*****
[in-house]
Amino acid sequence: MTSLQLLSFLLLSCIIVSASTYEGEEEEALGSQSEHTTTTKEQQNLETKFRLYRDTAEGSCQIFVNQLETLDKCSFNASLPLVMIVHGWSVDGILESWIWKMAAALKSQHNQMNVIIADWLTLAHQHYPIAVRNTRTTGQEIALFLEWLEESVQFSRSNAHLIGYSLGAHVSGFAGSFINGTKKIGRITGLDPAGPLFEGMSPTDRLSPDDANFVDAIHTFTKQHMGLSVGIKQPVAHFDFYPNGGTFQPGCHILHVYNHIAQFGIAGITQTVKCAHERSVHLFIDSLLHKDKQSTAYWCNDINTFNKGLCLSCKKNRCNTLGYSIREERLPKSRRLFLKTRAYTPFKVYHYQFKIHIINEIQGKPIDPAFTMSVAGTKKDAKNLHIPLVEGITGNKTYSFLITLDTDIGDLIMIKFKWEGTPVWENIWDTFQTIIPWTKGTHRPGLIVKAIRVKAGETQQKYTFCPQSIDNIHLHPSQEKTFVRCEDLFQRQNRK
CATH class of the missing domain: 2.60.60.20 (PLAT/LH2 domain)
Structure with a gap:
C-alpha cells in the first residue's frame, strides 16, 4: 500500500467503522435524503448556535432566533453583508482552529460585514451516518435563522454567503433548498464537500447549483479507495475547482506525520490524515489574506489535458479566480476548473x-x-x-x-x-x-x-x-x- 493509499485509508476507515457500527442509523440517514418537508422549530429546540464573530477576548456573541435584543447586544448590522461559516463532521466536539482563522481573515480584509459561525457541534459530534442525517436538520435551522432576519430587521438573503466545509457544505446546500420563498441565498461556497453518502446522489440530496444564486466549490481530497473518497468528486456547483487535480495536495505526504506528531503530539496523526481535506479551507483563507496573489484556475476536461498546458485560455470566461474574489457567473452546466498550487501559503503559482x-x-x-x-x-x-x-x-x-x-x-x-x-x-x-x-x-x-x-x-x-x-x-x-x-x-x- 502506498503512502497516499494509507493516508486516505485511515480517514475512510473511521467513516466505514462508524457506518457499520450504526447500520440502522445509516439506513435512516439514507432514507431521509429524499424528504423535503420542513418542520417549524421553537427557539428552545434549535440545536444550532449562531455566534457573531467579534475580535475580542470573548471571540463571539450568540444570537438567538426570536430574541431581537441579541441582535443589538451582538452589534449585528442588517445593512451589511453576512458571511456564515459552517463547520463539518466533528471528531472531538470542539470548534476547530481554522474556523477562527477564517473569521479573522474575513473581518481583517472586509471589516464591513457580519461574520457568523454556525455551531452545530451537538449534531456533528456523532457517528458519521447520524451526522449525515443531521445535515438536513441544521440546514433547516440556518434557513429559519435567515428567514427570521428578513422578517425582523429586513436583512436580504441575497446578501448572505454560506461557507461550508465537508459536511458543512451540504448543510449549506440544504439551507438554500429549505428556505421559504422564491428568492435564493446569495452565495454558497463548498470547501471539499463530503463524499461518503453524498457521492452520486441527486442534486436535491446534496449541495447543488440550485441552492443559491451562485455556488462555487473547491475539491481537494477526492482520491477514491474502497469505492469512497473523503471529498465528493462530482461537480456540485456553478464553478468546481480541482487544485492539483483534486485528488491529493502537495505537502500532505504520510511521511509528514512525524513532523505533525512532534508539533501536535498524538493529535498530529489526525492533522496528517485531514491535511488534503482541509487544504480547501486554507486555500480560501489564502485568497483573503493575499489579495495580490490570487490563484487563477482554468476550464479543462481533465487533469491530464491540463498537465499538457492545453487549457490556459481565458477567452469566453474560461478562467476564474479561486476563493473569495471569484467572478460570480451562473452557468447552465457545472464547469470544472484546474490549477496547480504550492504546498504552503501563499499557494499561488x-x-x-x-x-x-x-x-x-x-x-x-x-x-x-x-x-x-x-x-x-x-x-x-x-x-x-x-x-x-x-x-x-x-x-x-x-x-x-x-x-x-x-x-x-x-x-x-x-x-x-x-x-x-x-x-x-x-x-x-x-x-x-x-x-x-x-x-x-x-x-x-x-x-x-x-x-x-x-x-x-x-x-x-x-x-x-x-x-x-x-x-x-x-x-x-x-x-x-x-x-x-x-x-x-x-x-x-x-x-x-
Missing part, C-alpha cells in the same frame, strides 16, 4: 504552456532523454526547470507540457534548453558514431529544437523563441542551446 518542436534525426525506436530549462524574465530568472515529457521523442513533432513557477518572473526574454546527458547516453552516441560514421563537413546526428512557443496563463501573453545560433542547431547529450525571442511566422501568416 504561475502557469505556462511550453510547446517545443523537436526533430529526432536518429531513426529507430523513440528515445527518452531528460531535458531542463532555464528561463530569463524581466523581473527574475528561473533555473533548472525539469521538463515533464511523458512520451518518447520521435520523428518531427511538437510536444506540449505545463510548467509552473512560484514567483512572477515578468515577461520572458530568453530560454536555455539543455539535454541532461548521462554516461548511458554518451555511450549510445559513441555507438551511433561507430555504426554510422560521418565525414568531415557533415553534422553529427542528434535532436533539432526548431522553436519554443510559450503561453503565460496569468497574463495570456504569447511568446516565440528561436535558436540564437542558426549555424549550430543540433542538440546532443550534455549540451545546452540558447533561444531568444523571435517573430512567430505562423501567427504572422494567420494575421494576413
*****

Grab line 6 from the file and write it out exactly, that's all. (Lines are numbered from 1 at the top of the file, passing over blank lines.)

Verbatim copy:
Missing part, C-alpha cells in the same frame, strides 16, 4: 504552456532523454526547470507540457534548453558514431529544437523563441542551446 518542436534525426525506436530549462524574465530568472515529457521523442513533432513557477518572473526574454546527458547516453552516441560514421563537413546526428512557443496563463501573453545560433542547431547529450525571442511566422501568416 504561475502557469505556462511550453510547446517545443523537436526533430529526432536518429531513426529507430523513440528515445527518452531528460531535458531542463532555464528561463530569463524581466523581473527574475528561473533555473533548472525539469521538463515533464511523458512520451518518447520521435520523428518531427511538437510536444506540449505545463510548467509552473512560484514567483512572477515578468515577461520572458530568453530560454536555455539543455539535454541532461548521462554516461548511458554518451555511450549510445559513441555507438551511433561507430555504426554510422560521418565525414568531415557533415553534422553529427542528434535532436533539432526548431522553436519554443510559450503561453503565460496569468497574463495570456504569447511568446516565440528561436535558436540564437542558426549555424549550430543540433542538440546532443550534455549540451545546452540558447533561444531568444523571435517573430512567430505562423501567427504572422494567420494575421494576413